“The Simpsons” is the most sophisticated show on TV. Obviously.
In an earlier post I praised Series 25, Episode 20, Brick Like Me, in which I noted the parallels between the episode and the 1955 Frederik Pohl short story The Tunnel Under the World.
Trash of the Titans, Series 9, episode 22, is from 1998. It was the 200th episode overall. Do the producers make a special effort with round-numbered episodes? Maybe they do: Brick Like Me was episode 550.
Trash of the Titans looks at what can happen when democracy goes wrong:
(i) an evil corporation, trying to fill a lull in sales of its useless toys, cards and gifts over the summer, invents “Love Day” to boost sales (a naive executive who argues they should accept the lull – “hey, we’re making enough money, right?” is ejected by goons). Shortly after, the Simpsons are celebrating “Love Day”, despite Lisa pointing out that “the stores just invented this holiday to make money”. The family exchange gifts, which they unwrap and discard, generating huge amounts of garbage;
(ii) following an argument with the bin men, Homer runs for Springfield sanitary commissioner against the efficient incumbent. Homer’s slogan, designed to “appeal to all the lazy slobs out there” is “Can’t someone else do it?” He ridicules his opponent with personal attacks (“you told people I lured children into my gingerbread house”, complains the incumbent later. “That was just a lie”, says Homer). When the incumbent tells the electorate they have a choice between “an experienced public servant” or “a bunch of crazy promises” from “a sleazy lunatic”, the electorate vote in Homer in a landslide. His chaotic efforts leads to an environmental catastrophe and Homer is thrown out of office.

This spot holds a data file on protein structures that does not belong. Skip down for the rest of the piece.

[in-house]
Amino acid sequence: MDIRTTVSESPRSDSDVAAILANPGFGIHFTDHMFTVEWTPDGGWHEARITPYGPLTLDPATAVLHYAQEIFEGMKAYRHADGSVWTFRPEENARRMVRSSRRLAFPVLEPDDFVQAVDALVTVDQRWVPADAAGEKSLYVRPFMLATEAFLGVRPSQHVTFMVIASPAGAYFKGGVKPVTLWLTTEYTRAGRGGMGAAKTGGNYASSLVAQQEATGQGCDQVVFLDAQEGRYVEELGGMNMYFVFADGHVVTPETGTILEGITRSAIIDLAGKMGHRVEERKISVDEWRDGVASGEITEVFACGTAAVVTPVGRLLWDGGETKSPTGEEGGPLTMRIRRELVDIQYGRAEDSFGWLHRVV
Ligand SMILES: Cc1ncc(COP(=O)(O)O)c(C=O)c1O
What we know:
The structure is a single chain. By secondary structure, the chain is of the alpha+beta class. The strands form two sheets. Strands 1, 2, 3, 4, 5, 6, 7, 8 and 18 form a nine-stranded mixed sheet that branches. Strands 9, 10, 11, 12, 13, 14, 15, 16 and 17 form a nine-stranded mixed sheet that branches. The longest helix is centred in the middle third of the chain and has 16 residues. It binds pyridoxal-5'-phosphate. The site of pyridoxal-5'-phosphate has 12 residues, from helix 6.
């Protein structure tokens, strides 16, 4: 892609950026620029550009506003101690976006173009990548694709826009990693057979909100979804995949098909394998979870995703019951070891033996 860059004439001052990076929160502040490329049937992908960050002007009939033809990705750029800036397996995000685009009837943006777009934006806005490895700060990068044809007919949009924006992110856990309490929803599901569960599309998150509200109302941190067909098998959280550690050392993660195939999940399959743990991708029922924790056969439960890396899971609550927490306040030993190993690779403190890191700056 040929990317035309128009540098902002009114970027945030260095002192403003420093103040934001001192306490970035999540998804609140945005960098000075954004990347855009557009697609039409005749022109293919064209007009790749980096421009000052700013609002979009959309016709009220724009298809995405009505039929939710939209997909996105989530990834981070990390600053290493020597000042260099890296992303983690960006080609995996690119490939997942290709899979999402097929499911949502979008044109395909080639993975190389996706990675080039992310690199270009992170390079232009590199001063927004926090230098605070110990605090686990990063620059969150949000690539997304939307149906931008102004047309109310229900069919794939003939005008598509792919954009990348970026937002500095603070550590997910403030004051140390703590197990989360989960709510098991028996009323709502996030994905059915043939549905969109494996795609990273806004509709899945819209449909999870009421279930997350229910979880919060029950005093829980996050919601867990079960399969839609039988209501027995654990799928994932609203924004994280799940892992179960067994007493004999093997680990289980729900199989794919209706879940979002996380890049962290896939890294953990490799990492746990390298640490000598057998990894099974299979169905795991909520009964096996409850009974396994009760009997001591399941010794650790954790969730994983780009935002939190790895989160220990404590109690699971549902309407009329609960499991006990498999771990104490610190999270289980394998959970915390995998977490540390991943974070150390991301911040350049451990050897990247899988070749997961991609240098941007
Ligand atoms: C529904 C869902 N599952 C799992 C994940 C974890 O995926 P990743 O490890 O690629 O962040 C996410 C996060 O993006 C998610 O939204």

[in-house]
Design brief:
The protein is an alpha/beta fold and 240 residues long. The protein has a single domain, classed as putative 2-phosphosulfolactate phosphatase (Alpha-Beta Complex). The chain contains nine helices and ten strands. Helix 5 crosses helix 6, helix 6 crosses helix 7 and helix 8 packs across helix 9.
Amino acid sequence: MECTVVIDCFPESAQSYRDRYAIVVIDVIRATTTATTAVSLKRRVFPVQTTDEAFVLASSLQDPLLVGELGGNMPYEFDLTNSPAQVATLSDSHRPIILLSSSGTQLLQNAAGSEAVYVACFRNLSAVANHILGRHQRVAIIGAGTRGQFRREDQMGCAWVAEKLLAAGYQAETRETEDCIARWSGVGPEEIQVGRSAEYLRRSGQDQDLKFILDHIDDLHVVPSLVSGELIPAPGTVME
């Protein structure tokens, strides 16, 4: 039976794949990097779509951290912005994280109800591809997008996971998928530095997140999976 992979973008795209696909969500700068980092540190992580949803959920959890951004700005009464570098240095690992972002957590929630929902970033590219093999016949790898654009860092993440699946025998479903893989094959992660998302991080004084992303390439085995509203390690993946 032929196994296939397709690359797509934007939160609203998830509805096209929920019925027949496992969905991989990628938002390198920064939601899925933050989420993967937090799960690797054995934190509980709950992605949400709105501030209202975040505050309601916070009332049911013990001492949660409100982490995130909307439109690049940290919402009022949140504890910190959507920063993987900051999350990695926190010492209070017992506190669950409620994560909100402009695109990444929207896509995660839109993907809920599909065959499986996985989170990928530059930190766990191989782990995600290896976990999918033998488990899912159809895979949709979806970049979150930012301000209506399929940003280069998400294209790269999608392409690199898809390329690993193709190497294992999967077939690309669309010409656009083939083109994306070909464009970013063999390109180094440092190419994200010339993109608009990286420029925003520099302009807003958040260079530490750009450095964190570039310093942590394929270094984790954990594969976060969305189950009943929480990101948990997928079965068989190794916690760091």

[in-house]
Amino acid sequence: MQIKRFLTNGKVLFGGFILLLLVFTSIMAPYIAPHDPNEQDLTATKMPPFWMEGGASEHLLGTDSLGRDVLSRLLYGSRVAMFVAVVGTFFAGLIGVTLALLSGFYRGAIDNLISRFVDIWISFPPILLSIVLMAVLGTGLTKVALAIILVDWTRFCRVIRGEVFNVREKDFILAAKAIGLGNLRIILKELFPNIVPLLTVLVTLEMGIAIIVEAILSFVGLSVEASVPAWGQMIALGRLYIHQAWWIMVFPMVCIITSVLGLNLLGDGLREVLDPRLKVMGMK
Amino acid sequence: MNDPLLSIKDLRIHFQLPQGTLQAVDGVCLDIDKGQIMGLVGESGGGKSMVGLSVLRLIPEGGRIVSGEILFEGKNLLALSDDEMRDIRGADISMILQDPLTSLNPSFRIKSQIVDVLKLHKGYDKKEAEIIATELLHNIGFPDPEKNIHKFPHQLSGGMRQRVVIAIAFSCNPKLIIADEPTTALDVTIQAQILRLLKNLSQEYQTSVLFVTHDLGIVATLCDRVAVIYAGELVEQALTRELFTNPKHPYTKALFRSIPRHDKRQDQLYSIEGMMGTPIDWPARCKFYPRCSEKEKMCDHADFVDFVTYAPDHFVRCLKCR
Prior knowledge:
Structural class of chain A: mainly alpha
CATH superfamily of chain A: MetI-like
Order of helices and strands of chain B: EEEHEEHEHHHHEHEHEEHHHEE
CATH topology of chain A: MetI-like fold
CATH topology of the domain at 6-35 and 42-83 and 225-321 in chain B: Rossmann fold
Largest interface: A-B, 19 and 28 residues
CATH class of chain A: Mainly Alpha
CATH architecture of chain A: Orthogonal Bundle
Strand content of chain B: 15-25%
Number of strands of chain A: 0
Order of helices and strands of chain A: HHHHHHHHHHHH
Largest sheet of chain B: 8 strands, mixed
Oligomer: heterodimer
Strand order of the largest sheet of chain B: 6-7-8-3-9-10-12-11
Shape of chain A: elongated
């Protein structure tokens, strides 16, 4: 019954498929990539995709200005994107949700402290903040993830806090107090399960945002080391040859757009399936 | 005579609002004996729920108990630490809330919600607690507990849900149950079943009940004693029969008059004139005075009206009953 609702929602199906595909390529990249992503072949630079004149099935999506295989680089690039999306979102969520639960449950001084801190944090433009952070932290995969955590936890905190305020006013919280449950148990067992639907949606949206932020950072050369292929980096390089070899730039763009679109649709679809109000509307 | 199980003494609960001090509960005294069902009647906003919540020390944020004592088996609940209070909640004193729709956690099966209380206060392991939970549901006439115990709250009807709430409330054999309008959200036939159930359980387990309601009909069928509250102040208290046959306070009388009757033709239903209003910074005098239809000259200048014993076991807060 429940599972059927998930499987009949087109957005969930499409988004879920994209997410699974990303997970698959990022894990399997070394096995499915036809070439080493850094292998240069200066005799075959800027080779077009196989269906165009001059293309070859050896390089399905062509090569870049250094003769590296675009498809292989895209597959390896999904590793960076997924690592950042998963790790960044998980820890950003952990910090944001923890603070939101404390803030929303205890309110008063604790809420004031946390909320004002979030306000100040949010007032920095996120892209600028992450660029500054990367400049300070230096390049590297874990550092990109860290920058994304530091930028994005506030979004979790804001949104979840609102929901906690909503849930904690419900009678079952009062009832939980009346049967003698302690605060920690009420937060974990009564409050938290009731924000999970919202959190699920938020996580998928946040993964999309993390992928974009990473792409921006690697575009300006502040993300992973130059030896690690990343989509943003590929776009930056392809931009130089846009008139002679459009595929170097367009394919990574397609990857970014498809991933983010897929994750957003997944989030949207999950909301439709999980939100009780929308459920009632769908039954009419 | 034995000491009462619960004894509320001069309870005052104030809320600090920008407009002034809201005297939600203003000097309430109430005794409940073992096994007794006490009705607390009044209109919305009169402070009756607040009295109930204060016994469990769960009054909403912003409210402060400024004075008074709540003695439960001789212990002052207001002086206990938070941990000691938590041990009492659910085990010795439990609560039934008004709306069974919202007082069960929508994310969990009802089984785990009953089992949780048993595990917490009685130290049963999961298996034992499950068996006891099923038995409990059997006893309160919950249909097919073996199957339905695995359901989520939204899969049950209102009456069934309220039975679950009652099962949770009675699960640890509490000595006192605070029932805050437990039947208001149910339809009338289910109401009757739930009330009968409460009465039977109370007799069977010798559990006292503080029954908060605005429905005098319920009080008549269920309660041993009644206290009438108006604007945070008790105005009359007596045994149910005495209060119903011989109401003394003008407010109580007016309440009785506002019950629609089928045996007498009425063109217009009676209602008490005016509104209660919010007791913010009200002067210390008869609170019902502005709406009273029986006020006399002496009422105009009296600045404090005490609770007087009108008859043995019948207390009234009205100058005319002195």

Much of this still seems topical.
The episode contains some fine gags (Homer: “It’s just like David and Goliath, only this time, David won!”)
Trash of the Titans does not have the depth of some of my favourites, such as Brick Like Me or Homer the Heretic (also referenced in my earlier blog, and which disproves my round-number theory being episode 62 overall). But it is classic Simpsons in examining profound issues in an entertaining, near-subliminal way.
Obviously, though, it has not stopped anyone voting for people making crazy promises – or, for that matter, buying useless gifts with excess packaging.
For: consistently funny episode whose hard-hitting messages remain topical.
Against: not as thought-provoking as the best episodes. So only 8/10.